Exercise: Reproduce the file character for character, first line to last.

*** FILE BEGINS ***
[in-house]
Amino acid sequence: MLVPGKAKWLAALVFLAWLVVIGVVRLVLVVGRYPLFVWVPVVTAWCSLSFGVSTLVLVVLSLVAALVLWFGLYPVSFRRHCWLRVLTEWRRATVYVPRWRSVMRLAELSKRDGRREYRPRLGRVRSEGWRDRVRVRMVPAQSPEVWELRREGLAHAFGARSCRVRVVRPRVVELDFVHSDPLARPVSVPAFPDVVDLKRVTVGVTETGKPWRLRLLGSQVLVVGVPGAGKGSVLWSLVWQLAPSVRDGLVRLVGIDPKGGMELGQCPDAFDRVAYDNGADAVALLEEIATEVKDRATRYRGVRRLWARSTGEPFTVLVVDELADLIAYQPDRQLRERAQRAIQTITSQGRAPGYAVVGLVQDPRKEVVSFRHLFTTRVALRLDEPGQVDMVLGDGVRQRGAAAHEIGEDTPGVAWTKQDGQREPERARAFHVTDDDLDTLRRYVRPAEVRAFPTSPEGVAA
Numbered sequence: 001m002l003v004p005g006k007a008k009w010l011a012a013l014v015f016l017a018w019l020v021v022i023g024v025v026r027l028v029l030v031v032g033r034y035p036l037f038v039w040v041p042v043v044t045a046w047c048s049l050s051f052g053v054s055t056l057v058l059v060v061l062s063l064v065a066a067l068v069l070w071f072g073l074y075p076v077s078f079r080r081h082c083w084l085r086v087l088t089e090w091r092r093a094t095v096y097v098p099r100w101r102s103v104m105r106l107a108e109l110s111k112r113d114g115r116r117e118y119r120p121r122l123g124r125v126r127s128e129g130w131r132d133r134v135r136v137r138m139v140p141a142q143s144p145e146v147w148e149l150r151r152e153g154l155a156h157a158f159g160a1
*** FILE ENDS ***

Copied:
[in-house]
Amino acid sequence: MLVPGKAKWLAALVFLAWLVVIGVVRLVLVVGRYPLFVWVPVVTAWCSLSFGVSTLVLVVLSLVAALVLWFGLYPVSFRRHCWLRVLTEWRRATVYVPRWRSVMRLAELSKRDGRREYRPRLGRVRSEGWRDRVRVRMVPAQSPEVWELRREGLAHAFGARSCRVRVVRPRVVELDFVHSDPLARPVSVPAFPDVVDLKRVTVGVTETGKPWRLRLLGSQVLVVGVPGAGKGSVLWSLVWQLAPSVRDGLVRLVGIDPKGGMELGQCPDAFDRVAYDNGADAVALLEEIATEVKDRATRYRGVRRLWARSTGEPFTVLVVDELADLIAYQPDRQLRERAQRAIQTITSQGRAPGYAVVGLVQDPRKEVVSFRHLFTTRVALRLDEPGQVDMVLGDGVRQRGAAAHEIGEDTPGVAWTKQDGQREPERARAFHVTDDDLDTLRRYVRPAEVRAFPTSPEGVAA
Numbered sequence: 001m002l003v004p005g006k007a008k009w010l011a012a013l014v015f016l017a018w019l020v021v022i023g024v025v026r027l028v029l030v031v032g033r034y035p036l037f038v039w040v041p042v043v044t045a046w047c048s049l050s051f052g053v054s055t056l057v058l059v060v061l062s063l064v065a066a067l068v069l070w071f072g073l074y075p076v077s078f079r080r081h082c083w084l085r086v087l088t089e090w091r092r093a094t095v096y097v098p099r100w101r102s103v104m105r106l107a108e109l110s111k112r113d114g115r116r117e118y119r120p121r122l123g124r125v126r127s128e129g130w131r132d133r134v135r136v137r138m139v140p141a142q143s144p145e146v147w148e149l150r151r152e153g154l155a156h157a158f159g160a1